The Second Great Awakening had two components. On the one hand, it was a spiritual awakening as people believed in Christ for the salvation of their sins. In this sense, it was like the First Great Awakening. On the other hand, it was a social awakening as well. The outflow of the Second Great Awakening lead to great social reforms. Part of the reason for this was the theology of the Second Great Awakening was amenable towards this direction. Arminianism stated that people had free choice to do good. This was different from the more deterministic Calvinism of the First Great Awakening.
The Reform movements and the Second Great Awakening were similar in that they aimed to make society into a better place. They wanted to transform culture.
The movements were different in one important sense. The Second Great Awakening was chiefly a religious movement and the reforms that flowed from it were an outcome of religious convictions. The reform movements were not all Christian and were chiefly a societal.
The Second Great Awakening, which took place around 1800 in the United States, sought to return a sense of enthusiasm to religion and to bring believers to a direct relationship with God. Religions such as Baptism and Methodism, with their more fervent forms of worship, skyrocketed in popularity, as preachers spread new religions through camp meetings. Women and African-Americans were particularly drawn to these religions, and African-Americans with the leadership of Richard Allen founded the African Methodist Episcopal Church in Philadelphia in 1816. The movement swept aside the rationalism and deism of the Enlightenment era in favor of the Romantic embrace of inspiration and emotion.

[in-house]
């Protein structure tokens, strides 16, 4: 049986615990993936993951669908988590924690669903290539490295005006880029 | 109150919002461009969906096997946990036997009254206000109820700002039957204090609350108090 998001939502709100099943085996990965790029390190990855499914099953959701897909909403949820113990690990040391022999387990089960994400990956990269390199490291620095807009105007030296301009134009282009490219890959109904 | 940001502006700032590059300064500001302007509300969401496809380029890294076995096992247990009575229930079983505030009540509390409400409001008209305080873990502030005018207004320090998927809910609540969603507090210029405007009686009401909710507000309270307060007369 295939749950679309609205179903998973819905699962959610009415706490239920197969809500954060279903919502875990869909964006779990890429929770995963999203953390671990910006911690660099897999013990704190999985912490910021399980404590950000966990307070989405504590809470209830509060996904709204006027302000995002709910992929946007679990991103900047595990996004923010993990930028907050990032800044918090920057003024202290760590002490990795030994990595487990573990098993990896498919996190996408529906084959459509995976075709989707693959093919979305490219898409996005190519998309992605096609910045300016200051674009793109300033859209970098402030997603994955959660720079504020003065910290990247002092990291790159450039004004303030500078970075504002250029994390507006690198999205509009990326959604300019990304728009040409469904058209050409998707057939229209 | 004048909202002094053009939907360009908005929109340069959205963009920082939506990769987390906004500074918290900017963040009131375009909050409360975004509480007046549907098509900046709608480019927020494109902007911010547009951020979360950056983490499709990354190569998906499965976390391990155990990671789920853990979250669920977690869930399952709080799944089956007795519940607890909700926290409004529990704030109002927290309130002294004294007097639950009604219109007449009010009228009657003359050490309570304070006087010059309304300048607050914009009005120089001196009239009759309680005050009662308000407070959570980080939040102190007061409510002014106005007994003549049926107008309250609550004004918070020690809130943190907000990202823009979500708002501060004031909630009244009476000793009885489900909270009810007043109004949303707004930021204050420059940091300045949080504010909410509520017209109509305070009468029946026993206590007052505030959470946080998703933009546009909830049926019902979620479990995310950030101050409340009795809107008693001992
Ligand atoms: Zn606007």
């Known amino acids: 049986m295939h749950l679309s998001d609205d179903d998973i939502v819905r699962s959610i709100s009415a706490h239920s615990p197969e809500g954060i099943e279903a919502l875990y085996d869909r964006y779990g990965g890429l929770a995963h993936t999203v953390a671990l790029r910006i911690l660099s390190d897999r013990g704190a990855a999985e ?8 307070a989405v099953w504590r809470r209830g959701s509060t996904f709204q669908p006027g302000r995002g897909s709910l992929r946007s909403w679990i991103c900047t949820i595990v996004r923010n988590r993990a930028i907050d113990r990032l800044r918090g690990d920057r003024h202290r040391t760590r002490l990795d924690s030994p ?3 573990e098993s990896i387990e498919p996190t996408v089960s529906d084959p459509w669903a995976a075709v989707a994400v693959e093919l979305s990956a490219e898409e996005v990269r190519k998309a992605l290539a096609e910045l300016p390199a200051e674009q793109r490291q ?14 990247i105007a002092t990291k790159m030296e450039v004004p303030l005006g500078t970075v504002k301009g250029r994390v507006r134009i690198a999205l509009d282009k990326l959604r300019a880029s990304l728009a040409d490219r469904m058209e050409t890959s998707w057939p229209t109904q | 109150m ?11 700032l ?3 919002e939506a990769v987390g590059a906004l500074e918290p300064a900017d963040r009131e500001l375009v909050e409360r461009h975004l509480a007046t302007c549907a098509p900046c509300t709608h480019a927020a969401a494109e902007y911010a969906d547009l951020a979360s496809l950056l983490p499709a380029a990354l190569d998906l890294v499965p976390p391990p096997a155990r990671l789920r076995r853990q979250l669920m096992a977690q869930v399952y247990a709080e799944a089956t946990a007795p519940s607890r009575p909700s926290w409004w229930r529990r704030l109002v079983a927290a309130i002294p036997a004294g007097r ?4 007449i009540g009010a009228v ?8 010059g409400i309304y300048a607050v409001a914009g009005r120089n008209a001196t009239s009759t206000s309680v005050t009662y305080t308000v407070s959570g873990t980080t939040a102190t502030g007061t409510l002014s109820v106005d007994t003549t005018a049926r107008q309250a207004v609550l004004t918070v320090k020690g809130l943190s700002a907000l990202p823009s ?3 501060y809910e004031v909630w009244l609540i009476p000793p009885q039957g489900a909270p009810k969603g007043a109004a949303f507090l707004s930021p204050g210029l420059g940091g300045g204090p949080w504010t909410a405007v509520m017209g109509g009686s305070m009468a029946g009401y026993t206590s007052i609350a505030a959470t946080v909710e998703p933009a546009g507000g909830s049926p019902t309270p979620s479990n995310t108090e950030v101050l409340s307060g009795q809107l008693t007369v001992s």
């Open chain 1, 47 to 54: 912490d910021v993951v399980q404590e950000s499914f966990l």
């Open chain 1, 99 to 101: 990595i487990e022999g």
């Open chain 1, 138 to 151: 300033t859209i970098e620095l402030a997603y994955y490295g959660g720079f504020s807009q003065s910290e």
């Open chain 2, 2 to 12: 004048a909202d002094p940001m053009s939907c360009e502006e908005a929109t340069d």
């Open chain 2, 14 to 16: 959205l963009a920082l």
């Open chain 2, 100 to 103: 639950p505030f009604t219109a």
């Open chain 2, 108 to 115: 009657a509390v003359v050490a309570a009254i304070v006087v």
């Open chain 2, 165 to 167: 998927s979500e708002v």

The Second Great Awakening also emphasized the importance of good works and resulted in the formation of several reform movements, including abolitionism, temperance, and prison reform. These movements were similar to the Second Great Awakening in that women were active in them, and freed African-Americans were active in abolitionism. Therefore, the same groups were active in both movements. The reform movements also borrowed the kind of enthusiastic preaching of the Second Great Awakening to preach against slavery, for example. The reform movements were different than the Second Great Awakening because they targeted societal ills and were not only concentrated in the realm of religion (though they used religious arguments at times). In addition, unlike during the Second Great Awakening, there was a current of nativism, or anti-immigrant feeling, in some of the reform movements, as many people unfairly blamed Irish and German immigrants for social ills such as drinking.